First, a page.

Meet Geohot, The Guy Who Unlocked The First iPhone And Hacked The Sony PS3

Meet Geohot, The Guy Who Unlocked The First iPhone And Hacked The Sony PS3

George Hotz, a.k.a. "Geohot"

There is perhaps no name in the world of hacking as legendary as Geohot. George Hotz was the first person to unlock the original iPhone back in 2007. He was 17 years old at the time. He also released multiple jailbreaks, including “purplera1n” for the iPhone 3GS. Hotz later went on to hack the PlayStation 3 and battle Sony in a high-profile lawsuit.

In a recent profile by The New Yorker, we get a fascinating look at Hotz and several stories from his career as a prolific, self-taught hacker.

How Hotz unlocked the original iPhone:

He used a Phillips-head eyeglass screwdriver to undo the two screws in the back of the phone. Then he slid a guitar pick around the tiny groove, and twisted free the shell with a snap. Eventually, he found his target: a square sliver of black plastic called a baseband processor, the chip that limited the carriers with which it could work. To get the baseband to listen to him, he had to override the commands it was getting from another part of the phone. He soldered a wire to the chip, held some voltage on it, and scrambled its code. The iPhone was now at his command. On his PC, he wrote a program that enabled the iPhone to work on any wireless carrier.

The next morning, Hotz stood in his parents’ kitchen and hit “Record” on a video camera set up to face him. He had unruly curls and wispy chin stubble, and spoke with a Jersey accent. “Hi, everyone, I’m geohot,” he said, referring to his online handle, then whisked an iPhone from his pocket. “This is the world’s first unlocked iPhone.”

Interestingly, Apple co-founder Steve Wozniak sent Hotz a congratulatory email for unlocking Apple’s ‘Jesus phone’. David Kushner explains in The New Yorker:

Steve Wozniak, the co-founder of Apple, who hacked telephone systems early in his career, sent Hotz a congratulatory e-mail. “It was like a story out of a movie of someone who solves an incredible mystery,” Wozniak told me. “I understand the mind-set of a person who wants to do that, and I don’t think of people like that as criminals. In fact, I think that misbehavior is very strongly correlated with and responsible for creative thought.”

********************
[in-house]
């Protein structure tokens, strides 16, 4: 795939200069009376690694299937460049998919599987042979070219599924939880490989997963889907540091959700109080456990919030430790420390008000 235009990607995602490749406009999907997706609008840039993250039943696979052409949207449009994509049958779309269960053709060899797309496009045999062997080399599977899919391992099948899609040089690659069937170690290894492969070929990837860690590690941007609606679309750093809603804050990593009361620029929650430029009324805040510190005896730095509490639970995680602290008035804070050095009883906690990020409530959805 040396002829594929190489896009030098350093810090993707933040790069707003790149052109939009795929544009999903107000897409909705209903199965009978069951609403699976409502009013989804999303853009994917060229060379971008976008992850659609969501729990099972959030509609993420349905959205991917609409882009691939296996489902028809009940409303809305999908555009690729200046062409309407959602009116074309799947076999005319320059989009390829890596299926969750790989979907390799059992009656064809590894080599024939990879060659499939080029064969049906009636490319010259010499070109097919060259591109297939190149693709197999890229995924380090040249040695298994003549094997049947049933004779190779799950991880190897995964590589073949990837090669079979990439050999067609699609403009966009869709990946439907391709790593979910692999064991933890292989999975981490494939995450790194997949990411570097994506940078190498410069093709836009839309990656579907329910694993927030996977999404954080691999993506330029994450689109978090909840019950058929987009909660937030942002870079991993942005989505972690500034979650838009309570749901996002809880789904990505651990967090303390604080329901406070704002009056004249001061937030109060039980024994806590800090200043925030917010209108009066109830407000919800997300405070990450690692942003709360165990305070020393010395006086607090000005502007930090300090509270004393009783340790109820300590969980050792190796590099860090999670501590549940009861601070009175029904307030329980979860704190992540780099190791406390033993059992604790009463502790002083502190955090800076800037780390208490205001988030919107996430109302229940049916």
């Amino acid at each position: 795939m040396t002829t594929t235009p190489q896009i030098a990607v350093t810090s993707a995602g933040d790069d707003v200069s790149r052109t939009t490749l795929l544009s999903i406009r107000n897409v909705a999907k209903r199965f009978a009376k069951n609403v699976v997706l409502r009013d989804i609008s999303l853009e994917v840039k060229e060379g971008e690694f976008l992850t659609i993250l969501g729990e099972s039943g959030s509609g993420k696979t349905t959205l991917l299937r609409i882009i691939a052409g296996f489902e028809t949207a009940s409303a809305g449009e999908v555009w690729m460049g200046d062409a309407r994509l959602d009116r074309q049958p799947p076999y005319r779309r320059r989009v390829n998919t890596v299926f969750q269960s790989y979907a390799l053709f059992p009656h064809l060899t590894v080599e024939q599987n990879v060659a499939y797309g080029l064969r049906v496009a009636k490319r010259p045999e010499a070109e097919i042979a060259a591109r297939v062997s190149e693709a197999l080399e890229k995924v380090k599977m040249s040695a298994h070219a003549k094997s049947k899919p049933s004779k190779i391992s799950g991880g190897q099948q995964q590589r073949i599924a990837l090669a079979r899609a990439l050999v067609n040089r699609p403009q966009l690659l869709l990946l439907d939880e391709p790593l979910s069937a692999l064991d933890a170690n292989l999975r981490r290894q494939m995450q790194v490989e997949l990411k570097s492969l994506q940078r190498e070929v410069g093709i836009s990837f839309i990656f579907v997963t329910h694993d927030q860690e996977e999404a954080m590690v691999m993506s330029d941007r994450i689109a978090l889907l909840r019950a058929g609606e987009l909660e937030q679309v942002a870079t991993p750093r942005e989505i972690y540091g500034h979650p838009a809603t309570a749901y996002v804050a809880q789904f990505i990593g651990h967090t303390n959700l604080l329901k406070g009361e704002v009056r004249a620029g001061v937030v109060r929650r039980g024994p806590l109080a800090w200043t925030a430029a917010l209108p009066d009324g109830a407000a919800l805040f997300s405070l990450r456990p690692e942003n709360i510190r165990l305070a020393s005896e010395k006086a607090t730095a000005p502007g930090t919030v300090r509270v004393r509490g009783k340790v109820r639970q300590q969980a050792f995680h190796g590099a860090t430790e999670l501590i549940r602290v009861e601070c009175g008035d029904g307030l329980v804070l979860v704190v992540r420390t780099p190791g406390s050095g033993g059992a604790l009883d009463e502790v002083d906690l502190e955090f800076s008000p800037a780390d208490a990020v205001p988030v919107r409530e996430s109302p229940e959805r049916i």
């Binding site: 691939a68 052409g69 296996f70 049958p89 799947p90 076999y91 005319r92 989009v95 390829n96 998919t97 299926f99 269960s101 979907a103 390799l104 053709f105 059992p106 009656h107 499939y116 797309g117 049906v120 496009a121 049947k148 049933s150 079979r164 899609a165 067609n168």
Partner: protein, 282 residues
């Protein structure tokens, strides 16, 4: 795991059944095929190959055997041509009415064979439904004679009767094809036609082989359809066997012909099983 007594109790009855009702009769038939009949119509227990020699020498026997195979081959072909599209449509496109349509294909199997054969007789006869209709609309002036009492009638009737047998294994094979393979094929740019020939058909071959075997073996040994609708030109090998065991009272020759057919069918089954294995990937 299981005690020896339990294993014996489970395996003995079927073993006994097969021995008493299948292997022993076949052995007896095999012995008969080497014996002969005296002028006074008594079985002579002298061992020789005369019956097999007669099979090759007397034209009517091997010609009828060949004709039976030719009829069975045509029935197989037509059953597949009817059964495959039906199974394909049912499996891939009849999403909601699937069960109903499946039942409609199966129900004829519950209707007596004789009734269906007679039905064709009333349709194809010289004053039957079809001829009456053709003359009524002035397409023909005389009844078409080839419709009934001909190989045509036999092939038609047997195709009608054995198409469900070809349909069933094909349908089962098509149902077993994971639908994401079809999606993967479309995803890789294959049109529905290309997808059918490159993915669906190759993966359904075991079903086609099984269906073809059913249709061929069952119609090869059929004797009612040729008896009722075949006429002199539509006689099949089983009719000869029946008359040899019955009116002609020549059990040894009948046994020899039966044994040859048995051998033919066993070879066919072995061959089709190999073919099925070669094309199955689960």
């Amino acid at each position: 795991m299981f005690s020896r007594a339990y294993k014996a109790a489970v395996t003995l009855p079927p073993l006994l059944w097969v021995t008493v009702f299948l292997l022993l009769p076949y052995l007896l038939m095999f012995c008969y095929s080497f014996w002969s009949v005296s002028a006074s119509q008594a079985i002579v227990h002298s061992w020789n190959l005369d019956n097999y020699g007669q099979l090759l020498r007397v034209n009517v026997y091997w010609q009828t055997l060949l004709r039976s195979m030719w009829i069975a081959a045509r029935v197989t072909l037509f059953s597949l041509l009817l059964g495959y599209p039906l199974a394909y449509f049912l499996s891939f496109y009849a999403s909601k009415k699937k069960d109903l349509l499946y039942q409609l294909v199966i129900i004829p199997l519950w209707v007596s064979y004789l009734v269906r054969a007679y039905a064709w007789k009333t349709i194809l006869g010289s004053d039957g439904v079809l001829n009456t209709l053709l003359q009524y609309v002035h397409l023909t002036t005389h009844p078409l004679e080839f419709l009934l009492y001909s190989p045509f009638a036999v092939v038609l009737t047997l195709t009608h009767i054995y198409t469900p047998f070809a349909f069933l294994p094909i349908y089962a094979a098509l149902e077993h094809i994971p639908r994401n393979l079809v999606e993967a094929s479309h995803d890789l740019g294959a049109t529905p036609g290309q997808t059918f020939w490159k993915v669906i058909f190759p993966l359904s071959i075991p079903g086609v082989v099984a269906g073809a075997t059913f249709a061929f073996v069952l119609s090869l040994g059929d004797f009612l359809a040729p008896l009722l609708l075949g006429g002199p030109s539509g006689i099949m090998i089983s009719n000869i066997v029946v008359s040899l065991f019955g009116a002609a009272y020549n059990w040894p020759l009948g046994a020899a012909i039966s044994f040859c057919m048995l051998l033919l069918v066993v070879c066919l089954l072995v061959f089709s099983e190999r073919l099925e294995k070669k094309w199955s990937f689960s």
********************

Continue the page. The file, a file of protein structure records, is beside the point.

The whole profile is an incredibly fascinating piece that extensively chronicles Hotz hacking the PS3 and battling with Sony. After working at Google and Facebook, Hotz says he still hacks because he’s “bored.” He also raises important questions about the freedom of information. We highly recommend heading over to The New Yorker to read the whole thing.

[image via flickr]

  • likethepear

    Nerds are HOT!!!

  • ThomasShaped

    Not gonna lie, he is pretty cute >_>

  • howie_isaacks

    Well, that circuit board is ruined!

About the author

Alex HeathAlex Heath is a journalist and co-host of The CultCast. He has been quoted by the likes of the BBC, KRON 4 News, and books like "ICONIC: A Photographic Tribute to Apple Innovation." He lives in Lexington, Kentucky. If you want to pitch a story, share a tip, or just get in touch, additional contact information is available on his personal site. Follow him on Twitter.

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